1
Gerald B Hoekstra, David R Christian: In situ retorting of oil shale. Standard Oil Company, Gulf Oil Corporation, Thomas W Tolpin, William T McClain, William H Magidson, October 12, 1982: US04353418 (254 worldwide citation)

Disclosed are a method and apparatus for the in situ retorting of oil shale and purification products comprising establishing an underground in situ retort containing a mass of rubblized matter comprising oil shale and establishing a flame front within the rubblized matter. Oxygen containing gas com ...


2
Lincoln F Elkins: Shale oil recovery. Standard Oil Company, John E Miller Jr, Herbert D Knudsen, Larry W Evans, May 5, 1981: US04265307 (250 worldwide citation)

In situ shale oil recovery from oil shale deposits using radio frequency energy as a heat generator is facilitated by rubblizing the shale oil deposits before application of radio frequency energy.


3
John D McCollum, Leonard M Quick: Process for recovering and upgrading hydrocarbons from oil shale and tar sands. Standard Oil Company, James R Henes, Arthur G Gilkes, William T McClain, April 6, 1976: US03948755 (240 worldwide citation)

A process for recovering and upgrading hydrocarbons from oil shale and tar sands by contacting the oil shale or tar sands with a dense-water-containing fluid at a temperature in the range of from about 600.degree.F. to about 900.degree.F. in the absence of externally supplied hydrogen and in the pre ...


4
Frank H Hollingsworth, George R Jenkins, John W Kirkpatrick, Lawrence N Mower: Indirect thermal stimulation of production wells. Standard Oil Company, Fred E Hook, June 23, 1981: US04274487 (239 worldwide citation)

A well which is to produce from a heavy oil or tar sands reservoir is thermally stimulated from another well located on the order of 10 to 50 feet away. This adjacent thermal stimulation well can be considered expendable. This thermal stimulation is continued for a number of days, until the hot zone ...


5
Rajen Puri: Method of underground conversion of coal. Standard Oil Company, Scott H Brown, Robert R Cochran, August 27, 1985: US04537252 (235 worldwide citation)

A method of converting coal and other solid carbonaceous material to gaseous and liquid products by heating the coal in the presence of the gaseous effluent to a sufficient temperature for pyrolyzing the coal to produce liquid and gaseous products. Thereafter, further gasifying the coal to produce a ...


6
George R Hoekstra, John M Forgac: Transient response process for detecting in situ retorting conditions. Standard Oil Company, Thomas W Tolpin, William T McClain, William H Magidson, July 3, 1984: US04457374 (233 worldwide citation)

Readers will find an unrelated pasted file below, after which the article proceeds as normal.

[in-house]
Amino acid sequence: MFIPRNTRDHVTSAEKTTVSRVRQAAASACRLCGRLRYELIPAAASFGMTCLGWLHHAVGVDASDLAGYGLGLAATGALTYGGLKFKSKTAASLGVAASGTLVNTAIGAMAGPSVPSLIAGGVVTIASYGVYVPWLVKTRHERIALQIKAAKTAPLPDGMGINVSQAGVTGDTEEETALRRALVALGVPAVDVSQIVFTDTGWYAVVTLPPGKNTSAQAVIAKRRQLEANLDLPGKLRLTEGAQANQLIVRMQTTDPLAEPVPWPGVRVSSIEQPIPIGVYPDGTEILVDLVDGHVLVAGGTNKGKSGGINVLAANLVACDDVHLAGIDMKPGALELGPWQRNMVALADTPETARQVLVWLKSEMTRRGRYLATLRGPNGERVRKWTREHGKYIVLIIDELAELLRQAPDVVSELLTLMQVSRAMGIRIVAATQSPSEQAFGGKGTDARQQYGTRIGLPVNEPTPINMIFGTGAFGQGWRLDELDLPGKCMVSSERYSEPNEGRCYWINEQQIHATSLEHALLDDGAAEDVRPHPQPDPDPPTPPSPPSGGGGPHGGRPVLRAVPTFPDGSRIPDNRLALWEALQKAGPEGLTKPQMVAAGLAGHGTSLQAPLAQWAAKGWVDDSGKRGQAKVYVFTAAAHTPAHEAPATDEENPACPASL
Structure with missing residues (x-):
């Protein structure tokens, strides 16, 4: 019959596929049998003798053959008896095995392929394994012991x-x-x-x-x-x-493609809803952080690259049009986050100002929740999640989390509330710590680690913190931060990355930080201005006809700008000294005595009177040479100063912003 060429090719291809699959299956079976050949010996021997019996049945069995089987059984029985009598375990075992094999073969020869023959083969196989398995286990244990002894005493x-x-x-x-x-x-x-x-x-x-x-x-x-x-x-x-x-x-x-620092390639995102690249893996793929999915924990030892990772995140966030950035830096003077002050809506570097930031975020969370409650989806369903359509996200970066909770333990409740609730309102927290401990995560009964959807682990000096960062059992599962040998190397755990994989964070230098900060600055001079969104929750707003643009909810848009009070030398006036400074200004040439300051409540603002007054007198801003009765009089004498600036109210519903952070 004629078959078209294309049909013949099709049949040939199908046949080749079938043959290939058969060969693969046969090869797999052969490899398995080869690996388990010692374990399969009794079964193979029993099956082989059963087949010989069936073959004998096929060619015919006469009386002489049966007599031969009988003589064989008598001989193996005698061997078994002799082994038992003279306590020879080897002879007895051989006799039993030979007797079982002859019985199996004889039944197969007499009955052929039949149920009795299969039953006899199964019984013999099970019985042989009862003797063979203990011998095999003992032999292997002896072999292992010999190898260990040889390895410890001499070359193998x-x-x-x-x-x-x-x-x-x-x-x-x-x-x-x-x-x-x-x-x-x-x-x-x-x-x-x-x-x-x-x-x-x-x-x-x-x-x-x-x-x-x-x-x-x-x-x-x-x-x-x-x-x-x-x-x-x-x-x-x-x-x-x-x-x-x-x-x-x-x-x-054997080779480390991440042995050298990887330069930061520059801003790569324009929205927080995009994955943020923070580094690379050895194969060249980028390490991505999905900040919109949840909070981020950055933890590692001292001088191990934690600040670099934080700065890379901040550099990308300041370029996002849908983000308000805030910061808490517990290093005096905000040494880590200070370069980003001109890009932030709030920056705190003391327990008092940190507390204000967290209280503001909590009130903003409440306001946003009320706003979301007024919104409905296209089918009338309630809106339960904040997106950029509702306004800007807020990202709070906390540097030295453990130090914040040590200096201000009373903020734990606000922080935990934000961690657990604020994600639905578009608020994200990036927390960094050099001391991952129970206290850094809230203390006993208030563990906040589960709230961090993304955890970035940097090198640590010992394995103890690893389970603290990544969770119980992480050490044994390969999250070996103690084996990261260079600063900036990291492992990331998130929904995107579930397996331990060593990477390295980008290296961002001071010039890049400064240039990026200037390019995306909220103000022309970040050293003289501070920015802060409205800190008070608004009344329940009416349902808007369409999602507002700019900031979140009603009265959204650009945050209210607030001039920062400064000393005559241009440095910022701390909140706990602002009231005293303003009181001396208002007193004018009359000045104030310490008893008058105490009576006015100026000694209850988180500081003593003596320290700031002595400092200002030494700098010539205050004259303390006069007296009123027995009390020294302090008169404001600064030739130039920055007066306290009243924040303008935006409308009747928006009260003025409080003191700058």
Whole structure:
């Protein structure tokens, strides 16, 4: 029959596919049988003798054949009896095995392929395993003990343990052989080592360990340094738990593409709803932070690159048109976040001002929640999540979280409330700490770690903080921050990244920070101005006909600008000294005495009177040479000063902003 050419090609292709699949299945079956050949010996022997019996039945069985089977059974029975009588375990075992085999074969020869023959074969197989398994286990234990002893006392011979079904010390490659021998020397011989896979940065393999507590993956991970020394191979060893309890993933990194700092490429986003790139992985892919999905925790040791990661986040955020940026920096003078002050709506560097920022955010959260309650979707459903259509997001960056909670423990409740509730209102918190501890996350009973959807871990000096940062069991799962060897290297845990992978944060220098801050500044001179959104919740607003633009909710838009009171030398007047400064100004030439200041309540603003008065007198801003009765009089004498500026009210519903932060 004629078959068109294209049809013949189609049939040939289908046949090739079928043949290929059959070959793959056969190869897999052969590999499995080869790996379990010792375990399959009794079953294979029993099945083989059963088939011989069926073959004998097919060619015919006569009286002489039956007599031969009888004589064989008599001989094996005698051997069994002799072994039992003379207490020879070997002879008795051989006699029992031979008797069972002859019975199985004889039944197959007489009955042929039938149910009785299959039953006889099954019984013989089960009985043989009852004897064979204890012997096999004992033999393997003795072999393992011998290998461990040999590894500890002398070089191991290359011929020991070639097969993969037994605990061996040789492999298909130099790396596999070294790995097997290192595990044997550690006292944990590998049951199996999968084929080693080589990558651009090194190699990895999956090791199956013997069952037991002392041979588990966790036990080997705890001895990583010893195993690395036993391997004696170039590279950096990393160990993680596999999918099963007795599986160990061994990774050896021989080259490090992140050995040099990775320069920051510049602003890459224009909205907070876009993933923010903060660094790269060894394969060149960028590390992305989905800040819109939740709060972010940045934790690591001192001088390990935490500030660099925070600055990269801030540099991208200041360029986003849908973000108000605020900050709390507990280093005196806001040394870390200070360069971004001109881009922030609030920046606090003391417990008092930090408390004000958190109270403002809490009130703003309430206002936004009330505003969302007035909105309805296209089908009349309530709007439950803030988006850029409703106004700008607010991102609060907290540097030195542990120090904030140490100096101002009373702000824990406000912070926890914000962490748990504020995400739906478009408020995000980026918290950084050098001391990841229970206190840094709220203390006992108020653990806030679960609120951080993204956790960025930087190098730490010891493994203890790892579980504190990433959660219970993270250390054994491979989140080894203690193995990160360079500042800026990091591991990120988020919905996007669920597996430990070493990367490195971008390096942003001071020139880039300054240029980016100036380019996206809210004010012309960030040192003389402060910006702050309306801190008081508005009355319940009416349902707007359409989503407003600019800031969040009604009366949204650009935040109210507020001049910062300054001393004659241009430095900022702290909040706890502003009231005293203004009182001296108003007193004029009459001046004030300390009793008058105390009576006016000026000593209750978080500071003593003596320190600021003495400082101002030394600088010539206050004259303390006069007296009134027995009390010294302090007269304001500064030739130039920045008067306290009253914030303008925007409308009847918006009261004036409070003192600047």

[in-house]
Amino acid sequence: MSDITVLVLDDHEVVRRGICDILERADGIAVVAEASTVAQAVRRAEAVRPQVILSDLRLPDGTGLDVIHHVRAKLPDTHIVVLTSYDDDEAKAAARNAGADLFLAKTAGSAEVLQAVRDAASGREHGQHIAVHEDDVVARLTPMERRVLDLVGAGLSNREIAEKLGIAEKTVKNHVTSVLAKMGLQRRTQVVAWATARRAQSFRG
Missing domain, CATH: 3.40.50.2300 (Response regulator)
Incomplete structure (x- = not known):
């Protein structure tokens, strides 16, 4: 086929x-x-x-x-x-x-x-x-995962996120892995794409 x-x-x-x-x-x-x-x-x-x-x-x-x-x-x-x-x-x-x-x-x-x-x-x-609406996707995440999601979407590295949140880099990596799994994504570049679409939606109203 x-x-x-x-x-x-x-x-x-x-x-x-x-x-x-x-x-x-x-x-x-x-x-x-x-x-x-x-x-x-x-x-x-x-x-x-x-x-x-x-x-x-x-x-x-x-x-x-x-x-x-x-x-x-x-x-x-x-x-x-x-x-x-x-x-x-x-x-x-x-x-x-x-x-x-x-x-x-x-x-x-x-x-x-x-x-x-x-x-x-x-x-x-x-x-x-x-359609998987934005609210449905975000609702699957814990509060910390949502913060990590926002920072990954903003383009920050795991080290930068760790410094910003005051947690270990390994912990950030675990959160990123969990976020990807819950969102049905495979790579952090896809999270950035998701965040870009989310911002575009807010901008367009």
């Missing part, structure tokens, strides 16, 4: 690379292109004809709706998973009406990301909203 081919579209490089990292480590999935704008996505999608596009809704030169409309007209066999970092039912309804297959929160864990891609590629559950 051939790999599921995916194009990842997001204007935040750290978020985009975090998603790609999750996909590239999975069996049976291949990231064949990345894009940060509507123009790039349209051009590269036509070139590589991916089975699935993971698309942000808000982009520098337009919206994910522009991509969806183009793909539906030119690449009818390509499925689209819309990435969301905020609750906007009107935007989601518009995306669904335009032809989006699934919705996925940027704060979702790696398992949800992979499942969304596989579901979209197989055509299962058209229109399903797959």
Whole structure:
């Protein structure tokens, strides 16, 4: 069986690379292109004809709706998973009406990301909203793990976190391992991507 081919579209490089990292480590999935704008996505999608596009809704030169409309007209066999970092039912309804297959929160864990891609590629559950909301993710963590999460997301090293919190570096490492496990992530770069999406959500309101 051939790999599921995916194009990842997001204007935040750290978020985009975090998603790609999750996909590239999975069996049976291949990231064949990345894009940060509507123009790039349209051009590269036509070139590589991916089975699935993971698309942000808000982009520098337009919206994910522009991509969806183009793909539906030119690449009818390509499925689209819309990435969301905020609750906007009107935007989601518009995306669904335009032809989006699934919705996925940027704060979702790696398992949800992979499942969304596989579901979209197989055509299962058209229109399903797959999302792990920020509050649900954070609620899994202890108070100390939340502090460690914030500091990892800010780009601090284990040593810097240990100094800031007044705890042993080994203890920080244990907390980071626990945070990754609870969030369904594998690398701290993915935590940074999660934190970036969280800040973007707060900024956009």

A process is provided for determining retorting conditions in an in situ oil shale retort. In the process, the thickness of the hot shale zone is determined by monitoring the off gases in response to changing the feed conditions, such as the temperature or flow rate, of the feed gas. The location an ...


7
John M Forgac, George R Hoekstra: Pulsed in situ retorting in an array of oil shale retorts. Standard Oil Company, Gulf Oil Corporation, Thomas W Tolpin, William T McClain, R C Medhurst, November 12, 1985: US04552214 (222 worldwide citation)

Greater product yield and quality and continuous upgrading of shale oil with hydrogen-rich, purge mode off gases is attained by pulsing in situ retorts at different phases and intervals. In the process, flow of feed gases to the flame fronts of underground retorts are sequentially stopped and purged ...


8
Lincoln F Elkins: Modified in situ retorting of oil shale. The Standard Oil Company, Salvatore P Pace, Herbert D Knudsen, Larry W Evans, August 30, 1983: US04401163 (218 worldwide citation)

Hot retorting gas for pyrolysis of kerogen in a bed of rubblized oil shale is supplied by a pressure pulsing technique.


9
Kenneth G Nolte: Fracturing fluid breaker system which is activated by fracture closure. The Standard Oil Company, Scott H Brown, Fred E Hook, March 26, 1985: US04506734 (190 worldwide citation)

Disclosed are compositions and related methods of use for reducing the viscosity of a fluid introduced into a subterranean formation. The compositions are introduced into the subterranean formation and are non-reactive to the fluid until activated by the closing of any fractures in the subterranean ...


10
Frederick A Pesa, Anne M Graham, Wayne R Kliewer: Hydrogenation of carboxylic acids. The Standard Oil Company, Joseph G Curatolo, Herbert D Knudsen, Larry W Evans, August 9, 1983: US04398039 (186 worldwide citation)

A process is provided for the vapor phase hydrogenation of carboxylic acids to yield their corresponding alcohols in the presence of steam and a catalyst comprising the mixed oxides of ruthenium, at least one of cobalt, nickel, and optionally one of cadmium, zinc, copper, iron, rhodium, palladium, o ...